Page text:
Facebook Live: First-Timer’s Mistakes and Lessons

Last Friday we hosted our first “Facebook Live” event at Asia Insight Circle. We wanted to reach out to members and friends to discuss a hot, trending topic. Here in Hong Kong we’re in the middle of the world’s largest “work from home” experiment. I called on former speaker Diana Wu David to speak about making a success of remote work.

Live from Hong Kong! The World's Largest Work From Home Experiment

Posted by Asia Insight Circle on Thursday, February 13, 2020

Have you undertaken a Facebook Live? It’s super easy – and that’s what makes it harder! Setting up is super simple. Open a new post, and choose “Go Live.” Before you start you can add a title. That’s it.

Once you start, there is no one watching. Yet remember – most people will watch this in recording. We started with soft introductions and hoped the audience would build.

When we’re good, Diana and I are in a really engaged conversation. When we’re bad, we’re very distracted and jumpy from subject to subject. On replay the video doesn’t always show the full picture. Did you see the three kids working at the same dining table? Did you see the boys crawl – then slide – behind us to get from room to room.

Even without kids, there are distractions on the screen. You’ll see who’s watching and who has recently joined. Wave at them! Say hello. Viewers can post questions. My advice – agree which one will review questions. Both of you distracted isn’t great.

Use the audience questions to build rapport. You can see who is asking what – Hello Kevin Devlin! You can respond to each person’s question and mention their name. It’s wonderful transparency.

Consider the timing, also. We stretched our session to one hour. Perhaps it would be better at 25-45 minutes – like podcasts.

We’re going to try again this Friday, with advice for all us home-bound workers. During the Coronavirus quarantine it may benefit people to learn new techniques and skills.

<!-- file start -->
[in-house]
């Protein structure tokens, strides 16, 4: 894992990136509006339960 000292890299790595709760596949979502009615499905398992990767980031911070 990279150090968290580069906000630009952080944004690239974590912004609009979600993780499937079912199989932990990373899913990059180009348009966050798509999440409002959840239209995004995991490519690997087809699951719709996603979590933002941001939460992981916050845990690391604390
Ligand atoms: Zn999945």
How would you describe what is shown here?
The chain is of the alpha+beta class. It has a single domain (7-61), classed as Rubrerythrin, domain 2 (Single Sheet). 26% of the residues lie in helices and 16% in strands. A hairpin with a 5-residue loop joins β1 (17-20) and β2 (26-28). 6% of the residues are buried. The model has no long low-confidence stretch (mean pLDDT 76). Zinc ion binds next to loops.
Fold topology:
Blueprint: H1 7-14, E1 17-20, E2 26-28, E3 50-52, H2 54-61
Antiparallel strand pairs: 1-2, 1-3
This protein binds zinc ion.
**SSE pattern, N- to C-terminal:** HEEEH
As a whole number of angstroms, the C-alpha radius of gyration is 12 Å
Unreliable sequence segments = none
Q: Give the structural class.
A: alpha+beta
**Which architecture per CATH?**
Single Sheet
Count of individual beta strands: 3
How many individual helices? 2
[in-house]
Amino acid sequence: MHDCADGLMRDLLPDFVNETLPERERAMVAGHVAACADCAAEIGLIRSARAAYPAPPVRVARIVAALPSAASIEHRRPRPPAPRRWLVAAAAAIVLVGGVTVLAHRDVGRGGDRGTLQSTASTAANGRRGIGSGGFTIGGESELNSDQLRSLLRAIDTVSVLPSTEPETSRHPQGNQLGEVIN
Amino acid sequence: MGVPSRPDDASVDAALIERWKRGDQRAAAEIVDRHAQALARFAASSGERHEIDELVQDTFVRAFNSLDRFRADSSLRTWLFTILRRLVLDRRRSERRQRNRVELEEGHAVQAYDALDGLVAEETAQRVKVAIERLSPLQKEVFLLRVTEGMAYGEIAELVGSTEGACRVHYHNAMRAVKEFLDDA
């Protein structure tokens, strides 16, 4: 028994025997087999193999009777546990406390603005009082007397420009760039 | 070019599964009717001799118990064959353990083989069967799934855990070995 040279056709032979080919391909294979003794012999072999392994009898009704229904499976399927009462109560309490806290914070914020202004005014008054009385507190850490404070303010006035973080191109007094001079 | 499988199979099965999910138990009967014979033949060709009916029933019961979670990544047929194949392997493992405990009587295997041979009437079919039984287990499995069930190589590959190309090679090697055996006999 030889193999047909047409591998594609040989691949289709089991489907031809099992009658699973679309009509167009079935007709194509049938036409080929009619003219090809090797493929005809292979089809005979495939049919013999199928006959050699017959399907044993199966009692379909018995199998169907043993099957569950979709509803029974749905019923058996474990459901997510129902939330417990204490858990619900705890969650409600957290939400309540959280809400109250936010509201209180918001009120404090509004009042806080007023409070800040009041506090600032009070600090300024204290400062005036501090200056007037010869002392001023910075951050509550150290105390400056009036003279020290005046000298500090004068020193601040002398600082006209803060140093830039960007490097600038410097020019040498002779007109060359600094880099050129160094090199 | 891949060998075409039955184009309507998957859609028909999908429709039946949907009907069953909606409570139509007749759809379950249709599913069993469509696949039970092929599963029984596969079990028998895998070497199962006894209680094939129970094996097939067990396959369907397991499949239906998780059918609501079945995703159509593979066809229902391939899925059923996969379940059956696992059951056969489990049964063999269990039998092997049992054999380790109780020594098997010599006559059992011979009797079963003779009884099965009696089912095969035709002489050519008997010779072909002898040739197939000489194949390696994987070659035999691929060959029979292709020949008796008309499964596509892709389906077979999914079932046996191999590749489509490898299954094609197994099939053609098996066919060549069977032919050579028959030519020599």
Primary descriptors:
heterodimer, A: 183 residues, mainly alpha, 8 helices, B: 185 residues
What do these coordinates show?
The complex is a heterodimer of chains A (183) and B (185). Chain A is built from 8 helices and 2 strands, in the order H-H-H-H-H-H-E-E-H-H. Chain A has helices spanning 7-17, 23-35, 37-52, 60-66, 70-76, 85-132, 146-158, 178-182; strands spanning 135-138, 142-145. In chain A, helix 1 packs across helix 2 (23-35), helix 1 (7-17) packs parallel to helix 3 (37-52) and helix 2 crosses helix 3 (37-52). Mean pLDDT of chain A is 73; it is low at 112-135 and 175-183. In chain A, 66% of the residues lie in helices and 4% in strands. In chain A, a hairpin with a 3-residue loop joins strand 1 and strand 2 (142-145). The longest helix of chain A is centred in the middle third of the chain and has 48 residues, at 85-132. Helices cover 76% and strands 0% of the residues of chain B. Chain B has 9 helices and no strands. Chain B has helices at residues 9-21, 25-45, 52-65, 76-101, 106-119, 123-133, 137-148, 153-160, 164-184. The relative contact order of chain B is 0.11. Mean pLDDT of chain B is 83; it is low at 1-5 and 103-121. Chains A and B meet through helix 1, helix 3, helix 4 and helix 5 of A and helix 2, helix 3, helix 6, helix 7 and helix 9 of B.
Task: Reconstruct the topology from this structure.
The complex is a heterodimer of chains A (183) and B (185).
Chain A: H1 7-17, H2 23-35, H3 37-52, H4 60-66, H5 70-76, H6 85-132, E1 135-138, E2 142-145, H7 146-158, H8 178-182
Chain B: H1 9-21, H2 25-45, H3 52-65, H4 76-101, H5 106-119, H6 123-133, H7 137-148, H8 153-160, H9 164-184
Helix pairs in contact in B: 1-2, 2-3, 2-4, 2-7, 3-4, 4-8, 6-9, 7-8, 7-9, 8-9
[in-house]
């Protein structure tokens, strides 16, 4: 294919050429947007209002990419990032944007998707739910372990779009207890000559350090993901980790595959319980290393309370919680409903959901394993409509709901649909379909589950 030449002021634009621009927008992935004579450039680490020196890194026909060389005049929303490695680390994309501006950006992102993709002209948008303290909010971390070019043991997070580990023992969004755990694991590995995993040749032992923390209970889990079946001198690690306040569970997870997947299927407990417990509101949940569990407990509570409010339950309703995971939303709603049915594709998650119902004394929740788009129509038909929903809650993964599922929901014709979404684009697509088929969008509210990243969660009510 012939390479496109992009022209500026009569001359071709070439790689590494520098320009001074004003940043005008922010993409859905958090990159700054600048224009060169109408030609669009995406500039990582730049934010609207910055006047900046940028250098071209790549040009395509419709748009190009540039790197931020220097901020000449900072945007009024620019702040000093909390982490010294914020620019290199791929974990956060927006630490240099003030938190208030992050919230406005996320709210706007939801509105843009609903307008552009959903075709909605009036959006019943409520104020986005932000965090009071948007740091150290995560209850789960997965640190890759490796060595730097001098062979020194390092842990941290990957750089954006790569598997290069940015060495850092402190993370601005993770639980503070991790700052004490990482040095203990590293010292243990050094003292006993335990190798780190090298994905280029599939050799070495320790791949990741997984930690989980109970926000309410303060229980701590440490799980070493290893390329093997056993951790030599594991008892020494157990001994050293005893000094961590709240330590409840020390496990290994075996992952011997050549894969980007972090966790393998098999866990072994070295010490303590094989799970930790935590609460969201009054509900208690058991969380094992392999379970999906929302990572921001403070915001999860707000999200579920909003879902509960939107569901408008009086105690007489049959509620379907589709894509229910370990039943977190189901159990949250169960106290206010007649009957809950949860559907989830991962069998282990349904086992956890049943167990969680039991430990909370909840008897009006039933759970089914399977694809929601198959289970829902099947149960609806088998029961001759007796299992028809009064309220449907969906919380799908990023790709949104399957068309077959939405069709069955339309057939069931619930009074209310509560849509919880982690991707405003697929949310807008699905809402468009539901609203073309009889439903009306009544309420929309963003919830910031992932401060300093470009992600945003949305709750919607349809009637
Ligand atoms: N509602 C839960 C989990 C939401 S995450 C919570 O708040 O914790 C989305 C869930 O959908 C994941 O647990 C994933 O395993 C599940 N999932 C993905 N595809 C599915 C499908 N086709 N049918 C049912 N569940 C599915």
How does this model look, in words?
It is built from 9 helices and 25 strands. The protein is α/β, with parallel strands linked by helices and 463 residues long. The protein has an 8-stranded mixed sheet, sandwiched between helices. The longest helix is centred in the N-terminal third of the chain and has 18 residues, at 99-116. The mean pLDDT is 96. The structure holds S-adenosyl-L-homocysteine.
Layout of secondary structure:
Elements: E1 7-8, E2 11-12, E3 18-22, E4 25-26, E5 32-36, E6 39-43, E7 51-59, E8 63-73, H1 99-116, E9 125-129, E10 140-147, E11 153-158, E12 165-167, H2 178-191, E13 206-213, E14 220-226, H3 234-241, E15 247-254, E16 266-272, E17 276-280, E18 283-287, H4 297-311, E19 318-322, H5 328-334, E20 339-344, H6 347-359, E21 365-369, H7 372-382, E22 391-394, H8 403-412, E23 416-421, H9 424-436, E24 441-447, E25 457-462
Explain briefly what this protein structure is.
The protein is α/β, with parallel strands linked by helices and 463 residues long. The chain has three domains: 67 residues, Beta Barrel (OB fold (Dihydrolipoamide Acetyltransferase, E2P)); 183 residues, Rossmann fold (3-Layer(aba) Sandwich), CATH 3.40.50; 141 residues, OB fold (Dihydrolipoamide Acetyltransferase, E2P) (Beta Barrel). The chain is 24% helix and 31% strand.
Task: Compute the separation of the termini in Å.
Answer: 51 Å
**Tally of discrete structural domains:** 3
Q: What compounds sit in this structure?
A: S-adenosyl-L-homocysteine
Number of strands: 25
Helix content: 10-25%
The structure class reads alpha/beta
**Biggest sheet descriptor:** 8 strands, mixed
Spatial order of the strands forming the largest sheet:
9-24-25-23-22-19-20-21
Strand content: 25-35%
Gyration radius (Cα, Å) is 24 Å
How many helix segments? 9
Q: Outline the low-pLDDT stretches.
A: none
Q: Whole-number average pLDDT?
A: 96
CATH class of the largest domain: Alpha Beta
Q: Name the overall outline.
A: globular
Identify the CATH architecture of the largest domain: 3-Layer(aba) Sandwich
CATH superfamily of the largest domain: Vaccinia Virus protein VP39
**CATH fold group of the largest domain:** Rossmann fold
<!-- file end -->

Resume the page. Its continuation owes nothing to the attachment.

Do watch the video and if you have further feedback, please let us know. Thanks – Walter

Hong Kong Moving Forward: Paths & Protests | Antony Dapiran, Author “City of Protest”

What do we want?

When do we want it?

Our focus is Hong Kong and our Chatham House discussion features Antony Dapiran, author of “City of Protest: A Recent History of Dissent in Hong Kong.”

“Hong Kong is a city with a long history of civil disobedience.”

So begins the book blurb on Amazon.com for a now-sold-out book published in July 2017. It was a timeless observation on the 20th anniversary of Hong Kong’s Handover. It is a timely observation today with most in Hong Kong wondering what’s next.

Discuss in confidence the changes and challenges facing Hong Kong today.

“We are on the cusp of what could be a general breakdown of law and order. It hasn’t gotten there yet, but the government hasn’t done anything to stop it,” said Antony Dapiran in The New York Times on 5 August 2019,

“City of Protest is a compelling look at the often-fraught relationship between politics and belonging, and a city’s struggle to assert itself.”

Please RSVP soonest to join our timely discussion with author Antony Dapiran (Twitter @AntD).


Membership guarantees attendance.
You are welcome as our guest to your first breakfast (as seating allows).
Already been and want to attend another?
Email me – Walter(at)AsiaInsightCircle(dot)com

Antony Dapiran is a Hong Kong-based writer and lawyer, and the author of
“City of Protest: A Recent History of Dissent in Hong Kong”, published by Penguin.

His writing about the recent Hong Kong protests has appeared in
The Guardian, Bloomberg Opinion, New Statesman and Foreign Policy, among others, and he has provided comment and analysis to media from CNN, BBC and CNBC to The New York Times, The Wall Street Journal, The Financial Times and beyond.

Antony has written and presented extensively on Hong Kong and Chinese politics, business and culture.  His recent articles are available on his portfolio website at www.antonydapiran.com

A fluent Mandarin speaker, he has resided between Hong Kong and Beijing for over twenty years. You can follow him on Twitter @AntD

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